Does Climbing Success Mean Winning? Or Is It In The Process?

Every year I find myself in the same place: ending the previous season, taking some time off to rock climb, and then back into training for the next year’s round of competitions and winter climbing. It’s a cycle I’ve been following for a few years now.­­ Train, climb, compete, repeat. It’s been awesome and I’ve seen a certain level of success that I thought never to be possible. I’ve worked really hard for the opportunity to travel the world and do what I love doing most. And it hasn’t been an easy road. I sacrfice time, juggle my climbing career and my family and try to find the balance in my sanity. It's been a great effort to hold it all together—commitment at the highest rate. Go ahead, just ask me how many cans of Red Bull I drink to make it all possible.

A couple of months ago, when I began training for this season, during a session, a coach I work with attached a tag line to a picture he took of me: “Take the ferocity, take the focus, and pour it into this…every day.” I read a lot of motivational content, study mental toughness books, and even work with a sports psychologist. And that quote, the ferocity, it rung so loud in my head that it did something strange…it changed something, even broke something. Saying it over and over in my head, to pour “it” into this every day. What was “it”? What did that qoute really mean to me? What was it doing to me?

Mentally, I felt like someone had just removed the shackles from my repetitive cycle that I was caught in. A routine that had carried me through the last several years had been overtaken by a deeper willingness, a deeper passion, and more drive than I had ever experienced before. A collaboration between coaches (physical and mental), my family, friends, we all had a new attitude that had reached a heightened awareness of what was actually attainable. Last year, I experienced the most success in my climbing journey: I won the North American championships, placed 4th in a World Cup, and climbed my hardest route (outside) to-date. Wow. Total success. Or was it?

Recently I posed the question on facebook: “What does success mean to you?” The answers came from every direction with all sorts of ideas. Everything from “winning” to “being happy.” Both equally right in there own sense. Both applicable to my own personal defintion of success. But recently that word has transformed into a more personal meaning. Success to me is its own form of winning, its own form of a podium. Would I feel successful standing on top of a podium? Yes, and I have felt that. But the podium, or “winning” isn’t the success. The success for me is the process. Winning is just the by-product. I’ve come to realize that my success is actually this: the ultimate effort. Not to be confused with the ultimate sacrifce. My ultimate effort is full-heartedly believing that I poured every ounce of energy into a task at hand, and then some. Doing that, and knowing you did it, that’s the end of the rainbow…that’s the pot of gold.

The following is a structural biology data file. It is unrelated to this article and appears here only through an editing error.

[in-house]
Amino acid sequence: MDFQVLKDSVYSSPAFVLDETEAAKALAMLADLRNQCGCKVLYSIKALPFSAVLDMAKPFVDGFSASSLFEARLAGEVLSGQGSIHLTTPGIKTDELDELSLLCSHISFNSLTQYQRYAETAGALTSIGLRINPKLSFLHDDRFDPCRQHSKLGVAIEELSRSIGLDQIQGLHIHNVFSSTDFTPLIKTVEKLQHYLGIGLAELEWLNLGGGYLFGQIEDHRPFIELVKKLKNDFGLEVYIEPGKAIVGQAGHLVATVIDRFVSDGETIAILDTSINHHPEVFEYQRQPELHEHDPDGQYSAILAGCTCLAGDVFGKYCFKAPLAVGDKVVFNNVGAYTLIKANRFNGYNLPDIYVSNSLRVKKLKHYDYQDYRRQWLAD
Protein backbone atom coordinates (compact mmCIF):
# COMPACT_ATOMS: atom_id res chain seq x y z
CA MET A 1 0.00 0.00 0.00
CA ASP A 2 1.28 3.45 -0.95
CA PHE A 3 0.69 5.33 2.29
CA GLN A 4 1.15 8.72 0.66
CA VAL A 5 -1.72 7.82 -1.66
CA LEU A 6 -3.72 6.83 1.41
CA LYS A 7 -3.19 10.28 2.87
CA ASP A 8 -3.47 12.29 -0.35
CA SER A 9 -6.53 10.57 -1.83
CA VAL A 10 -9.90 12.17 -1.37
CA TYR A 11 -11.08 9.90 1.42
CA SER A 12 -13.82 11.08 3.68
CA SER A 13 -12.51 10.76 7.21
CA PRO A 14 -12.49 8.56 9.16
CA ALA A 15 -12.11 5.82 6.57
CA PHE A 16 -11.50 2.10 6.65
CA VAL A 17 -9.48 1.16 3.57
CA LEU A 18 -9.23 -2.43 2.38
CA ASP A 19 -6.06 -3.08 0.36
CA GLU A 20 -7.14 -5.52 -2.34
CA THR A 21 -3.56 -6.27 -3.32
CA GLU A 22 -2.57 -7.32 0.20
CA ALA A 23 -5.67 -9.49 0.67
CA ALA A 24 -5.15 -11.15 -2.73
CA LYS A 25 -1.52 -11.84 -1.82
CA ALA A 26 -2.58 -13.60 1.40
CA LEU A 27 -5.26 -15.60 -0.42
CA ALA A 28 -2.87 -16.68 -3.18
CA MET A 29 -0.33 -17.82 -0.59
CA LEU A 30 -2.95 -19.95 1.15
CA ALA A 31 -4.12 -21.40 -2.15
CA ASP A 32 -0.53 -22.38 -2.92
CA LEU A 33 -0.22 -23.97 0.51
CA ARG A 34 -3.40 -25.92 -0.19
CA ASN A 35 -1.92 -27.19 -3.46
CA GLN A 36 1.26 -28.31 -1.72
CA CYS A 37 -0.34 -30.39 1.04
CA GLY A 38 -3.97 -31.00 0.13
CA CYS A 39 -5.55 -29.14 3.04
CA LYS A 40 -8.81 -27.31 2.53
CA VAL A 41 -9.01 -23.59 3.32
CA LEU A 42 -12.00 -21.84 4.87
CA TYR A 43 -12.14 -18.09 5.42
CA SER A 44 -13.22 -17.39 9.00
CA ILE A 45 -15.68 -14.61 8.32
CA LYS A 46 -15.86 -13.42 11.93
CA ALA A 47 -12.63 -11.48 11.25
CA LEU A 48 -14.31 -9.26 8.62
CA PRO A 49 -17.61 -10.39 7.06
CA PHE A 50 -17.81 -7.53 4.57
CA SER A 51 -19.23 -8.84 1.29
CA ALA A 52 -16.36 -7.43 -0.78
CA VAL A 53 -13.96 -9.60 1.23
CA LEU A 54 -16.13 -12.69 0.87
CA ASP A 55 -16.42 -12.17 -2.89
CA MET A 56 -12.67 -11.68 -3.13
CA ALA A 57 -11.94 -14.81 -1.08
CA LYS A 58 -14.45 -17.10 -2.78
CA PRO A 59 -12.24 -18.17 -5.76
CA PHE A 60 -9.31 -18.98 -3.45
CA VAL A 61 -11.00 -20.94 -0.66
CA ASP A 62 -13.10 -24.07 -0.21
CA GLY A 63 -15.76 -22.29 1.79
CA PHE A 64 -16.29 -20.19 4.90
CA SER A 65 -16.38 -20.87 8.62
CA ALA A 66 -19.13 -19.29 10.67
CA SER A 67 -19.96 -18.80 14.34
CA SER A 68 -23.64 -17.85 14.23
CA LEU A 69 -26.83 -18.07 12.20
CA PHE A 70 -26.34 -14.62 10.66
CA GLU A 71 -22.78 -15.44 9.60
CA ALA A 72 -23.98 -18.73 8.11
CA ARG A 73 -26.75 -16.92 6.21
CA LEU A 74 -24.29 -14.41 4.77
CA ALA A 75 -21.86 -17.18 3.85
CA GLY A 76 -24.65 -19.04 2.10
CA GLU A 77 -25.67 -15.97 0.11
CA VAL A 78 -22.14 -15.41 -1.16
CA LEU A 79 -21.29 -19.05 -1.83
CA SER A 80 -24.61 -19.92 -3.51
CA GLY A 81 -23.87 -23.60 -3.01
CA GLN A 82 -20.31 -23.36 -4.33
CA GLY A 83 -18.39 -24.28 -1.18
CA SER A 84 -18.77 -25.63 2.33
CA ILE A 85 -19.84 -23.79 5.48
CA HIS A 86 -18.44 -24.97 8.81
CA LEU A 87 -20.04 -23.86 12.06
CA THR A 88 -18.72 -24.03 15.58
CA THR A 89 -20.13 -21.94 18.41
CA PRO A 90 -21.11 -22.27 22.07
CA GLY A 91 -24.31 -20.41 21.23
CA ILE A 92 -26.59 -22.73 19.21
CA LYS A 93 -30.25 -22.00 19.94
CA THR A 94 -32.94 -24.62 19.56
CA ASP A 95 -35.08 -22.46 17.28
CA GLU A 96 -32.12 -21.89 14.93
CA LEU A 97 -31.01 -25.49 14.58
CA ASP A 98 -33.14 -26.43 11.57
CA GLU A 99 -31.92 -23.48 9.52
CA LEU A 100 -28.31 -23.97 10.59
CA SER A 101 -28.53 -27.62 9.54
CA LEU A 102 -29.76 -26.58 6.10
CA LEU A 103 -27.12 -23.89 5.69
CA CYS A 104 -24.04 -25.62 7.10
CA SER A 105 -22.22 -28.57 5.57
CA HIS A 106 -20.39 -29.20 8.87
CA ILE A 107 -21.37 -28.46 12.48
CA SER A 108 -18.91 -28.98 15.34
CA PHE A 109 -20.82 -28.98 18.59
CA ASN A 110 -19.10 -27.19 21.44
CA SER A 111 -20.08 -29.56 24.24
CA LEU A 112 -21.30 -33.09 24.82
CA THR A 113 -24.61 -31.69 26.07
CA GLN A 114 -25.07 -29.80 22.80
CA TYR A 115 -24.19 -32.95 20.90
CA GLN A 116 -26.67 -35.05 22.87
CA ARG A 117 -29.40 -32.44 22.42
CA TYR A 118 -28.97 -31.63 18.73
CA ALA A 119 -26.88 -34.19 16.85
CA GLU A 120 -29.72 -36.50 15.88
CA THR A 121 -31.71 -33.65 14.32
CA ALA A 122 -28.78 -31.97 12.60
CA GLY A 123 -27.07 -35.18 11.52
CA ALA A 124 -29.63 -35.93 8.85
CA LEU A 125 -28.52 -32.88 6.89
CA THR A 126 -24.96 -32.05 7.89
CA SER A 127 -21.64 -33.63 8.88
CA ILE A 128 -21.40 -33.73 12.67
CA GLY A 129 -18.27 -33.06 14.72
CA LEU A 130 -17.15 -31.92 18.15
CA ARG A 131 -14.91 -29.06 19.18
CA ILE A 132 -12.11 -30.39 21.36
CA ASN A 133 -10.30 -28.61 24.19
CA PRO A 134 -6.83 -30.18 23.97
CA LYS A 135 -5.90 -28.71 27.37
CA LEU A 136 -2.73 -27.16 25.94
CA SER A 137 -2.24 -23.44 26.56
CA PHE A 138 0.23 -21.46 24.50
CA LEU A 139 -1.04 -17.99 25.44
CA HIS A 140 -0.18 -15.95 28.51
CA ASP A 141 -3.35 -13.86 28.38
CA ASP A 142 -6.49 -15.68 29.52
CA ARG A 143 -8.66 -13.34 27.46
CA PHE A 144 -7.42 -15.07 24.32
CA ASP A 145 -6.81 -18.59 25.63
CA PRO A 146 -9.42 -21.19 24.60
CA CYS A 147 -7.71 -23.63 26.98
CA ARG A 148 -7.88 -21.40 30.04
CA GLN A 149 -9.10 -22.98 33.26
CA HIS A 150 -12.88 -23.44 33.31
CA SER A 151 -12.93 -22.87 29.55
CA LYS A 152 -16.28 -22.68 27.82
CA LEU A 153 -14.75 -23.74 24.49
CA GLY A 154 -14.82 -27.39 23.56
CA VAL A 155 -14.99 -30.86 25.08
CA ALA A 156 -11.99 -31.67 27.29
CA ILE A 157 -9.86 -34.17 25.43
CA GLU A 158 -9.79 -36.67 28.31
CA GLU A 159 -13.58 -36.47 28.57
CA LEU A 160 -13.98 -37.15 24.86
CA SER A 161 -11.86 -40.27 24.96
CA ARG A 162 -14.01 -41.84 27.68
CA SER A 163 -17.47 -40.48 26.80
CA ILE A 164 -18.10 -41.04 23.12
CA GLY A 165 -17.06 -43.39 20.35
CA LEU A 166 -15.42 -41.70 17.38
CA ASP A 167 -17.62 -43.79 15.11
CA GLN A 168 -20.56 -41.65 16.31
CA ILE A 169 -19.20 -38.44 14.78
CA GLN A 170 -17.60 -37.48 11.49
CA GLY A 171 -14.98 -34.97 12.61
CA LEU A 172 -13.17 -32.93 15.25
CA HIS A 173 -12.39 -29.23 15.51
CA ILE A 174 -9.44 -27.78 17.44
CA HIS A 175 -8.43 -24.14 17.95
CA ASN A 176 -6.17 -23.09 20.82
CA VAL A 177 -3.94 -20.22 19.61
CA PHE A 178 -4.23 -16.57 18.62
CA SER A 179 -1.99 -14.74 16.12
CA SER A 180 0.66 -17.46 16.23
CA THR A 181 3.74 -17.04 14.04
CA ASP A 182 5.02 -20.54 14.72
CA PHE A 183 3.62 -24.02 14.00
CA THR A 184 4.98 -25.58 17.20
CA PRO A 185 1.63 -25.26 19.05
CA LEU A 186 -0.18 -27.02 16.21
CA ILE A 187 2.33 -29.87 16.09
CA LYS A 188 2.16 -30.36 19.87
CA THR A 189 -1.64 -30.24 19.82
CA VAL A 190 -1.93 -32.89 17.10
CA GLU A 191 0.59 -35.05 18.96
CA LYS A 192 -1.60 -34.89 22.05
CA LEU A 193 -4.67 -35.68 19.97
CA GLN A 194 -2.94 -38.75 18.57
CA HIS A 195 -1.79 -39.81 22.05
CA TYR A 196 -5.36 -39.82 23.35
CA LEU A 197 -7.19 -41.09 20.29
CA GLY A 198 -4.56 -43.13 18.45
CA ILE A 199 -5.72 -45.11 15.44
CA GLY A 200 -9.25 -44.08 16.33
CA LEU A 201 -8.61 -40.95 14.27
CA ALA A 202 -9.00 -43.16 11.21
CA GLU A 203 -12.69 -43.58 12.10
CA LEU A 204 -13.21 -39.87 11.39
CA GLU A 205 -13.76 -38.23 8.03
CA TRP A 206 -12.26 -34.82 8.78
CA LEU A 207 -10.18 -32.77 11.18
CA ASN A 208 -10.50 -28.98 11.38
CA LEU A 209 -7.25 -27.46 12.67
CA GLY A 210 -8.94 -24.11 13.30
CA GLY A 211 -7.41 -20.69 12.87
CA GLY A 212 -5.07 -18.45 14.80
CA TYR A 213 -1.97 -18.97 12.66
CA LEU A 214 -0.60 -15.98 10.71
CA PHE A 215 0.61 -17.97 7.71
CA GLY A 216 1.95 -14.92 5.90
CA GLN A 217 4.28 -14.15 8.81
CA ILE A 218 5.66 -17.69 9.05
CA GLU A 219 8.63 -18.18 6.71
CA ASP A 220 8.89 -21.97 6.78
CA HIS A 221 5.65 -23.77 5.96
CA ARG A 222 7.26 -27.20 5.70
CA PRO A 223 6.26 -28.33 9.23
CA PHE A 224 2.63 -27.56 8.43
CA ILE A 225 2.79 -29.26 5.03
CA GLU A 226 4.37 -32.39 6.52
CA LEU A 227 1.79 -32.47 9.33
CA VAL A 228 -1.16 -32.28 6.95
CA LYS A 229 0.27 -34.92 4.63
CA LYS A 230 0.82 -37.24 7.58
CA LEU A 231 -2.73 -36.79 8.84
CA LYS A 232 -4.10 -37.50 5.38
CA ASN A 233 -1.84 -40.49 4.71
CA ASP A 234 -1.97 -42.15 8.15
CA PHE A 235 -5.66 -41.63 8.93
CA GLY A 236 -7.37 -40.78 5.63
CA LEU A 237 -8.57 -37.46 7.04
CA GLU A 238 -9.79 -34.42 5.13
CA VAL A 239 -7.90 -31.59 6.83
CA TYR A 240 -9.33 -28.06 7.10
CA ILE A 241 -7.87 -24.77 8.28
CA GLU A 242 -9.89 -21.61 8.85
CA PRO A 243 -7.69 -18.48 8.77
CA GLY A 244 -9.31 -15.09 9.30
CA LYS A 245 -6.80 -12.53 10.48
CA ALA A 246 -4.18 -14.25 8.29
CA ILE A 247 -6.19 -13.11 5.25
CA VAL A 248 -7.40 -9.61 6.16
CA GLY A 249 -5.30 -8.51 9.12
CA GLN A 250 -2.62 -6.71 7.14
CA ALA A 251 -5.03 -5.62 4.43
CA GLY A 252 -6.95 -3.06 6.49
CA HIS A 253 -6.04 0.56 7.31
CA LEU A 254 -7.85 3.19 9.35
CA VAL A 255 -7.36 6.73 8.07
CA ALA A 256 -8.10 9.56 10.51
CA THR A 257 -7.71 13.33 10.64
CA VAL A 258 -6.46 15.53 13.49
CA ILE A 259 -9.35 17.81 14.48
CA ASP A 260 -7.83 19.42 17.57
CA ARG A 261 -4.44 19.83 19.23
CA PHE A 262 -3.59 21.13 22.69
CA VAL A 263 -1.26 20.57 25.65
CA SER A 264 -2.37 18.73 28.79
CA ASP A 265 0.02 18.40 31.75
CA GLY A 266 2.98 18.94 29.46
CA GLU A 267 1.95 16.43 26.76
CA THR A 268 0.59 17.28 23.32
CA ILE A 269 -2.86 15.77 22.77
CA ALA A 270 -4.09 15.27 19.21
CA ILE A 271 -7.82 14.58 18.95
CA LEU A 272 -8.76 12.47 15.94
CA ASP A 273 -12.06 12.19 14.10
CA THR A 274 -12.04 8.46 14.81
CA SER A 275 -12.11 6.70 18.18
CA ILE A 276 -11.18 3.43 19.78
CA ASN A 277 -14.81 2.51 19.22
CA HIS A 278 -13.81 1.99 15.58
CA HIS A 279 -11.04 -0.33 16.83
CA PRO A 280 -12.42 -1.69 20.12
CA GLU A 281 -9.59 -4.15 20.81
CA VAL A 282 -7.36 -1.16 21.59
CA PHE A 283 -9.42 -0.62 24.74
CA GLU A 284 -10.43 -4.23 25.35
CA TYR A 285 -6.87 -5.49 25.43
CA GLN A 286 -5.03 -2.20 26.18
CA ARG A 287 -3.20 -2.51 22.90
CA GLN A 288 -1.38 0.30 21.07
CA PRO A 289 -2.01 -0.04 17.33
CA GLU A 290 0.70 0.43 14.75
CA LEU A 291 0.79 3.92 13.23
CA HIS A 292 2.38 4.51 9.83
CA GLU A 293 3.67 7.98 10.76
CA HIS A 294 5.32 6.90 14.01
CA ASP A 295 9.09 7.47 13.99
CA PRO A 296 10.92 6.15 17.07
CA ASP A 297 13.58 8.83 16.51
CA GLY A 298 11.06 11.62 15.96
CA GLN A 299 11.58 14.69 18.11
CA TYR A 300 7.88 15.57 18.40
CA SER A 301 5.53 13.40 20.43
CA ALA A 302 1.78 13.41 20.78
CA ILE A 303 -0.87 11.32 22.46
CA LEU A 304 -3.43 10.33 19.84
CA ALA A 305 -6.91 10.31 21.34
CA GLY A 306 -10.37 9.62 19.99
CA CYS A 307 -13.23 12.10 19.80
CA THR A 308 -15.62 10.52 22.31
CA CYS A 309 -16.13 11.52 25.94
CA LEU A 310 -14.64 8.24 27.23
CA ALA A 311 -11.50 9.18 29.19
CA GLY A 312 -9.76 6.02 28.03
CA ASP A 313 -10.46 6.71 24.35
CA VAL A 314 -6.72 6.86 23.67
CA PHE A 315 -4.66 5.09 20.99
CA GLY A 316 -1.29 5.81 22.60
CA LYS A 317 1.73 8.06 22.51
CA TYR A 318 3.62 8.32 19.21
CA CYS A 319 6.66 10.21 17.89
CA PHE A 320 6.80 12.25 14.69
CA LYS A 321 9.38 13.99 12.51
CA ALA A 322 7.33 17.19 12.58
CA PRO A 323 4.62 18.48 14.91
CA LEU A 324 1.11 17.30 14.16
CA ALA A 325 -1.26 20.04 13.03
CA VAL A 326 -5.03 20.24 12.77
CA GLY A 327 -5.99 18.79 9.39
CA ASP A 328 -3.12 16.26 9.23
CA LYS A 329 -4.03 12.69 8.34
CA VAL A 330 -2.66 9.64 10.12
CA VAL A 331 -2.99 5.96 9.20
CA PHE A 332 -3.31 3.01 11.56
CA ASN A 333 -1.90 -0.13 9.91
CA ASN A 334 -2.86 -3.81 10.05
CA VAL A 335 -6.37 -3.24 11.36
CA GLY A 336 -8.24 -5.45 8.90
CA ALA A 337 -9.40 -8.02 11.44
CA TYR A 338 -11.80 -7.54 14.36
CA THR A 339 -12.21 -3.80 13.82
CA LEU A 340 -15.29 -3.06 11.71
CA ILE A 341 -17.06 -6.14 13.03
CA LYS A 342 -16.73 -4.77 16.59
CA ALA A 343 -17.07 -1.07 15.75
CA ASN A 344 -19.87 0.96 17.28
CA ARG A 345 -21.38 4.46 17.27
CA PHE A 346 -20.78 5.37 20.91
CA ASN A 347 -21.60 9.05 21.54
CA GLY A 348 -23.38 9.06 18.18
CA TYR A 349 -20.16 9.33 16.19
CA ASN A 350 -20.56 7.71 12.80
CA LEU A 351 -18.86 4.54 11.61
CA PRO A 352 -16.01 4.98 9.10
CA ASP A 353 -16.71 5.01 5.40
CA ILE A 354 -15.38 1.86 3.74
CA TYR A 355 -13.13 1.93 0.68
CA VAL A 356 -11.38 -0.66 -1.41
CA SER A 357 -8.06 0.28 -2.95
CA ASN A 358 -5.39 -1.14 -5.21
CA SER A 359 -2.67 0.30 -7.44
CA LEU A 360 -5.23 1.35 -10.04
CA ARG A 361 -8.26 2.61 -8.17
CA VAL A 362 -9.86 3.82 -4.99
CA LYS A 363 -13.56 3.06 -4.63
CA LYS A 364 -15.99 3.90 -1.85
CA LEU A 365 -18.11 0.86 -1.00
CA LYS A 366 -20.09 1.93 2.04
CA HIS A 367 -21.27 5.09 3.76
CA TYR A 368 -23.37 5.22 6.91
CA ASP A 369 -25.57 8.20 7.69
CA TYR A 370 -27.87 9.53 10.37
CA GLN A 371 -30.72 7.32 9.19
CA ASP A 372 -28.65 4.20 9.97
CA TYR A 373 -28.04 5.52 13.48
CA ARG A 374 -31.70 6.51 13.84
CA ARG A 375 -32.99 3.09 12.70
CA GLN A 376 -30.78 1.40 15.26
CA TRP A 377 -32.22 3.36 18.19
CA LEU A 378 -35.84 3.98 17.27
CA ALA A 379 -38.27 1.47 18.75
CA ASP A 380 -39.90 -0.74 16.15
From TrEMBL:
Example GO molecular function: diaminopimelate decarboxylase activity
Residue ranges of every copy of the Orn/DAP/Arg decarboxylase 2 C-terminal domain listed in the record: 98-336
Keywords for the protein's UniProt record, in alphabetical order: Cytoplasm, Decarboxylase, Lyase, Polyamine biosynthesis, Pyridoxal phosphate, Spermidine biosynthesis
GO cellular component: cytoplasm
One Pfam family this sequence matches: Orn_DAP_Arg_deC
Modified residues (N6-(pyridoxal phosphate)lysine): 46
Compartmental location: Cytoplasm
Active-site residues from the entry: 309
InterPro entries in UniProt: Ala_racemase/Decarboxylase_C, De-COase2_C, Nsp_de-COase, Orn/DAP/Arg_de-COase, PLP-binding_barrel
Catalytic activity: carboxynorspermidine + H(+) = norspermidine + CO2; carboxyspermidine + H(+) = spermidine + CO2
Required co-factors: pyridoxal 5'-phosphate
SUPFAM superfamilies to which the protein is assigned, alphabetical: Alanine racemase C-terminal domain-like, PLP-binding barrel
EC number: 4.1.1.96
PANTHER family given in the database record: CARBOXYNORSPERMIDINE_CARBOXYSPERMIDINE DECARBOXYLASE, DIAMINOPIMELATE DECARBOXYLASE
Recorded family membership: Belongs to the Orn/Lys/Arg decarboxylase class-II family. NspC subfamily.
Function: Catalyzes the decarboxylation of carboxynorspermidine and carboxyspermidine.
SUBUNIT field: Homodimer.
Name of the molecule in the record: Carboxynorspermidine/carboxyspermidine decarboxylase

Hearing that quote, “Take the ferocity….”, it’s like it opened a door within me that gave way to untapped energy. A resource I knew not of, but that was waiting for the right time to be channeled toward a specific direction or goal. Yes, as I said, last year was successful. To an extent. But deep down I knew there was more, more I could do, more I could try, more I could give. I knew deep down I hadn’t given it “my all,” the ultimate. I could feel that there was still reserve energy, but didn’t know how to get to it, how to channel it. Until now.

We took the time to understand. Breaking down the previous cycle of how. The program for preparation altered. Things needed to be changed, re-invented, and thought through very carefully, about how the “absolute” could be attained. My coaches and I analyzed previous years, broke down the errors, weaknesses, and reasonings behind falling short of certain goals. Many were clear, some still unknown, but what was apparent was this: Change was of the utmost. And change? That was associated with me, especially geared toward my ultimate—willingness. How bad did I “really” want it? How hard was I truly willing to push, physically and mentally? Did I have that? The push?

It meant starting earlier, more focus on strength, dynamic technical climbing, more time route setting, focusing on every movement possible, it meant tempo (learning how to climb fast—technically with precision), not necessarily more time per say, but utilizing my time with a new focus, and new effort, ”the ferocity.” It meant “taking the ferocity, the focus, and pouring it into this…every day.” For me to reach my ultimate success, I need to believe in a level of energy that’s beyond my horizon. But that’s what it takes, for me anyway. For me to be successful, I need to believe in the impossible. I need to believe that I’m capable of the impossible. There’s a lot on my plate for this coming winter, with competitions and personal climbing goals. To get through it all, I need to go beyond what I thought was my ultimate, and rise to a new level of “try hard.”

It’s a new season, there’s a new focus: #risetotheabsolute.

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